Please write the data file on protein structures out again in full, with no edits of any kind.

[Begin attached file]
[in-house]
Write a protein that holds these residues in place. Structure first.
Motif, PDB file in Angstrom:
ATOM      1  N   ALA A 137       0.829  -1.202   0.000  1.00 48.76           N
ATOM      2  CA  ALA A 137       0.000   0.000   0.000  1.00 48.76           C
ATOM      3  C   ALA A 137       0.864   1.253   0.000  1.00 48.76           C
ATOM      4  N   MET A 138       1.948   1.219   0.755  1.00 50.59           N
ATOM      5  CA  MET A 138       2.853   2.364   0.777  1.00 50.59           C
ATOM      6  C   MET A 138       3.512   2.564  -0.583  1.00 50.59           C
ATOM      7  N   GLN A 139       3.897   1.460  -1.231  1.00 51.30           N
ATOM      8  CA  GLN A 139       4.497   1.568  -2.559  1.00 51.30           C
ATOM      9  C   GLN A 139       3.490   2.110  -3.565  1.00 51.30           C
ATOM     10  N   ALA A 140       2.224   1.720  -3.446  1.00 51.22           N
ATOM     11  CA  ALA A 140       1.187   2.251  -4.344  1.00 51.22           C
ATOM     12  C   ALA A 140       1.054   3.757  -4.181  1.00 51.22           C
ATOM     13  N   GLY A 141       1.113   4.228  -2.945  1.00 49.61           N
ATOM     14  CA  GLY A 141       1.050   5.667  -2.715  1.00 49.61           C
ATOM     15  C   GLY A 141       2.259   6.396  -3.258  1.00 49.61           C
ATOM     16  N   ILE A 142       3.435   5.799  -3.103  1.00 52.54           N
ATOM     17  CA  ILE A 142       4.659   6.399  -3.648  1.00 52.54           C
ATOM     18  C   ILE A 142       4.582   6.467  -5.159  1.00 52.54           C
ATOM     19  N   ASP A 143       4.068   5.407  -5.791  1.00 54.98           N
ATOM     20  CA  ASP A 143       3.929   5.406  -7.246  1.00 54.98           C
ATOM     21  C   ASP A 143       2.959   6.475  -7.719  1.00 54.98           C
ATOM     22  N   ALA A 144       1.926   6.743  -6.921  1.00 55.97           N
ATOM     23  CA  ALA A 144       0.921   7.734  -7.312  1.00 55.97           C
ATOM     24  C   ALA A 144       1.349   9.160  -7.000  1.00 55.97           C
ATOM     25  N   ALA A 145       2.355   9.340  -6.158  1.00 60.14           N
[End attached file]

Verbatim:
[in-house]
Write a protein that holds these residues in place. Structure first.
Motif, PDB file in Angstrom:
ATOM      1  N   ALA A 137       0.829  -1.202   0.000  1.00 48.76           N
ATOM      2  CA  ALA A 137       0.000   0.000   0.000  1.00 48.76           C
ATOM      3  C   ALA A 137       0.864   1.253   0.000  1.00 48.76           C
ATOM      4  N   MET A 138       1.948   1.219   0.755  1.00 50.59           N
ATOM      5  CA  MET A 138       2.853   2.364   0.777  1.00 50.59           C
ATOM      6  C   MET A 138       3.512   2.564  -0.583  1.00 50.59           C
ATOM      7  N   GLN A 139       3.897   1.460  -1.231  1.00 51.30           N
ATOM      8  CA  GLN A 139       4.497   1.568  -2.559  1.00 51.30           C
ATOM      9  C   GLN A 139       3.490   2.110  -3.565  1.00 51.30           C
ATOM     10  N   ALA A 140       2.224   1.720  -3.446  1.00 51.22           N
ATOM     11  CA  ALA A 140       1.187   2.251  -4.344  1.00 51.22           C
ATOM     12  C   ALA A 140       1.054   3.757  -4.181  1.00 51.22           C
ATOM     13  N   GLY A 141       1.113   4.228  -2.945  1.00 49.61           N
ATOM     14  CA  GLY A 141       1.050   5.667  -2.715  1.00 49.61           C
ATOM     15  C   GLY A 141       2.259   6.396  -3.258  1.00 49.61           C
ATOM     16  N   ILE A 142       3.435   5.799  -3.103  1.00 52.54           N
ATOM     17  CA  ILE A 142       4.659   6.399  -3.648  1.00 52.54           C
ATOM     18  C   ILE A 142       4.582   6.467  -5.159  1.00 52.54           C
ATOM     19  N   ASP A 143       4.068   5.407  -5.791  1.00 54.98           N
ATOM     20  CA  ASP A 143       3.929   5.406  -7.246  1.00 54.98           C
ATOM     21  C   ASP A 143       2.959   6.475  -7.719  1.00 54.98           C
ATOM     22  N   ALA A 144       1.926   6.743  -6.921  1.00 55.97           N
ATOM     23  CA  ALA A 144       0.921   7.734  -7.312  1.00 55.97           C
ATOM     24  C   ALA A 144       1.349   9.160  -7.000  1.00 55.97           C
ATOM     25  N   ALA A 145       2.355   9.340  -6.158  1.00 60.14           N